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First, the fingers of Yakushi’s right hand are often slightly curled.Second, in some Japanese sculpture, Yakushi's right hand forms the so-called Yakushi Triple World Mudrā, known as the Yakushi Sangai-in 薬師三界印, in which the thumb touches either the index finger or middle finger.Hundreds of extant Heian-era Yakushi statues, an exceedingly high number compared to surviving sculptures of other Buddhist deities, attest to his prominence in those days. 192 pages, including an appendix, list of characters, endnotes, bibliography and index. Suzuki's book deserves a prominent place on the bookshelves of scholars and art historians of Japan's early religious experience.Most of these Yakushi icons, says scholar Yui Suzuki SOURCE: Medicine Master Buddha: The Iconic Worship of Yakushi in Heian Japan. For a review of the book by Mark Schumacher, see Impressions, The Journal of the Japanese Art Society of America, Number 34, 2013, pp.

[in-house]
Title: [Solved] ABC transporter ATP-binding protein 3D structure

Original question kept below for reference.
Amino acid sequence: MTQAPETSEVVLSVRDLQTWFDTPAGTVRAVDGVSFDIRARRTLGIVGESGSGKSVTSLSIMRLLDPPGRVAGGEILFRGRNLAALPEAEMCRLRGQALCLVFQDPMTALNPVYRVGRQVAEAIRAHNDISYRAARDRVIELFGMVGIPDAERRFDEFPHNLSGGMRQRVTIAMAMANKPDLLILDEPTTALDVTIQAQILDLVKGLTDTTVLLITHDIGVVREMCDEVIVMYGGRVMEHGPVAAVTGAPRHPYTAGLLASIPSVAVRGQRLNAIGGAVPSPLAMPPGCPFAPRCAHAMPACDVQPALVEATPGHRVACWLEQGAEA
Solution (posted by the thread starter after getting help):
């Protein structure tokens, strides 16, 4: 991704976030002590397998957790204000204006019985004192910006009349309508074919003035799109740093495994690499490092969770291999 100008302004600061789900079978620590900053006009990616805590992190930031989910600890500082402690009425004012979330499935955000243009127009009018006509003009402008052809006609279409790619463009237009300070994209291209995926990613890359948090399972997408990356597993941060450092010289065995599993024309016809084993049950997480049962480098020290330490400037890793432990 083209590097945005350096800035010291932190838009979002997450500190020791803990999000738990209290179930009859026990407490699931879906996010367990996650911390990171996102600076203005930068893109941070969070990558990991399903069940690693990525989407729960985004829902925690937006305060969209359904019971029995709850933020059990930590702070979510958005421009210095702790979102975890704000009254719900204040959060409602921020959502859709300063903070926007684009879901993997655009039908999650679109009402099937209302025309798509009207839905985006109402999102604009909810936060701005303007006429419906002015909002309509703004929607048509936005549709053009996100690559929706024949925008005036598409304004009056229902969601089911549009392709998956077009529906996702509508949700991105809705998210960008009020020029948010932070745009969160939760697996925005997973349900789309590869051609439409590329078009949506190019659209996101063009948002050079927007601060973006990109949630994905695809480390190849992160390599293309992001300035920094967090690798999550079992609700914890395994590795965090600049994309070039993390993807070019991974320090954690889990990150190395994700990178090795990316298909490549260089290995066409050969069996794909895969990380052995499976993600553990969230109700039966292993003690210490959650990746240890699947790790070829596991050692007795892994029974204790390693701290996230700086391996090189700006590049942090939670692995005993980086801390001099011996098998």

Third, unlike images of Shaka, statues of Yakushi from the Heian era or after usually depict the deity holding a jar of medicine in the left hand.Concrete evidence of his worship on Japanese soil dates from the late seventh century during the reign of Emperor Tenmu (see below images).Originally venerated solely by ruling sovereigns and court elites for their own personal benefits (to cure life-threatening illnesses), Yakushi would later become the central deity in eighth-century rites to ensure the welfare of the entire realm.Paradoxically, scholars inside and outside Japan have paid only scant attention to the devotional and ritualistic context of Yakushi worship and the central role of the icon itself in spreading Buddhist faith. 192 pages, including an appendix, list of characters, endnotes, bibliography and index. Suzuki's book deserves a prominent place on the bookshelves of scholars and art historians of Japan's early religious experience. 192 pages, including an appendix, list of characters, endnotes, bibliography and index. Suzuki's book deserves a prominent place on the bookshelves of scholars and art historians of Japan's early religious experience. 192 pages, including an appendix, list of characters, endnotes, bibliography and index. Suzuki's book deserves a prominent place on the bookshelves of scholars and art historians of Japan's early religious experience.This oversight has been thankfully redressed by Yui Suzuki SOURCE: Medicine Master Buddha: The Iconic Worship of Yakushi in Heian Japan. For a review of the book by Mark Schumacher, see Impressions, The Journal of the Japanese Art Society of America, Number 34, 2013, pp. SOURCE: Medicine Master Buddha: The Iconic Worship of Yakushi in Heian Japan. For a review of the book by Mark Schumacher, see Impressions, The Journal of the Japanese Art Society of America, Number 34, 2013, pp. WHAT’S HEREIntroduction Origins and Sutras Posture (Standing or Sitting)Mudrā (Hand Gestures)Medicine Jar / Bowl Other Yakushi Highlights Yakushi Repentance Rites Seven Forms of Yakushi Yakushi Mandala (Eight Bosatsu)Grape Yakushi (Budō Yakushi)Octopus Yakushi (Tako Yakushi)Resources, Learn More RELATED PAGESYakushi’s Twelve Vows Yakushi’s Twelve Generals Yakushi’s Twelve Generals (Tōji)Yakushi’s 12 Generals (Butsuzō-zui)Yakushi’s Acolytes Nikkō & GakkōSOURCE: Medicine Master Buddha: The Iconic Worship of Yakushi in Heian Japan. For a review of the book by Mark Schumacher, see Impressions, The Journal of the Japanese Art Society of America, Number 34, 2013, pp.Her interest in Buddhist icons culminated in her 2012 book Medicine Master Buddha: The Iconic Worship of Yakushi in Heian Japan (Brill, Leiden-Boston, 2012, 192 pages). 192 pages, including an appendix, list of characters, endnotes, bibliography and index. Suzuki's book deserves a prominent place on the bookshelves of scholars and art historians of Japan's early religious experience. 192 pages, including an appendix, list of characters, endnotes, bibliography and index. Suzuki's book deserves a prominent place on the bookshelves of scholars and art historians of Japan's early religious experience. 192 pages, including an appendix, list of characters, endnotes, bibliography and index. Suzuki's book deserves a prominent place on the bookshelves of scholars and art historians of Japan's early religious experience.

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